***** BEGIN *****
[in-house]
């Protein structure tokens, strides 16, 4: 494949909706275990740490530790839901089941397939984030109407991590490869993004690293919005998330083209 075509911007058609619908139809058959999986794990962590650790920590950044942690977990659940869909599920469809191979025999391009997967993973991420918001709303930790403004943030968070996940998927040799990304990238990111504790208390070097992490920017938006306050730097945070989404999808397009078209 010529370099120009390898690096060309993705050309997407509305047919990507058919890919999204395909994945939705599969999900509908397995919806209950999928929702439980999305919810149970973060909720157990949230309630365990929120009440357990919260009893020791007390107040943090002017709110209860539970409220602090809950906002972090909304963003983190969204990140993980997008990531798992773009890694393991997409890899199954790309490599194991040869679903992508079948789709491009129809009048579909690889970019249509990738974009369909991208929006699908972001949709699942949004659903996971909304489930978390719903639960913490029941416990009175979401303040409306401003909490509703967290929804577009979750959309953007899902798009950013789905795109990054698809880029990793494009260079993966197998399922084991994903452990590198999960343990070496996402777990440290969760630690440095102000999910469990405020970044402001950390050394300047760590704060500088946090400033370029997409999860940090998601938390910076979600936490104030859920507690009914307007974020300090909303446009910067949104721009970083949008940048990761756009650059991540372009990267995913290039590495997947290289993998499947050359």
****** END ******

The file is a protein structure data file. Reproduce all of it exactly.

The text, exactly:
[in-house]
């Protein structure tokens, strides 16, 4: 494949909706275990740490530790839901089941397939984030109407991590490869993004690293919005998330083209 075509911007058609619908139809058959999986794990962590650790920590950044942690977990659940869909599920469809191979025999391009997967993973991420918001709303930790403004943030968070996940998927040799990304990238990111504790208390070097992490920017938006306050730097945070989404999808397009078209 010529370099120009390898690096060309993705050309997407509305047919990507058919890919999204395909994945939705599969999900509908397995919806209950999928929702439980999305919810149970973060909720157990949230309630365990929120009440357990919260009893020791007390107040943090002017709110209860539970409220602090809950906002972090909304963003983190969204990140993980997008990531798992773009890694393991997409890899199954790309490599194991040869679903992508079948789709491009129809009048579909690889970019249509990738974009369909991208929006699908972001949709699942949004659903996971909304489930978390719903639960913490029941416990009175979401303040409306401003909490509703967290929804577009979750959309953007899902798009950013789905795109990054698809880029990793494009260079993966197998399922084991994903452990590198999960343990070496996402777990440290969760630690440095102000999910469990405020970044402001950390050394300047760590704060500088946090400033370029997409999860940090998601938390910076979600936490104030859920507690009914307007974020300090909303446009910067949104721009970083949008940048990761756009650059991540372009990267995913290039590495997947290289993998499947050359």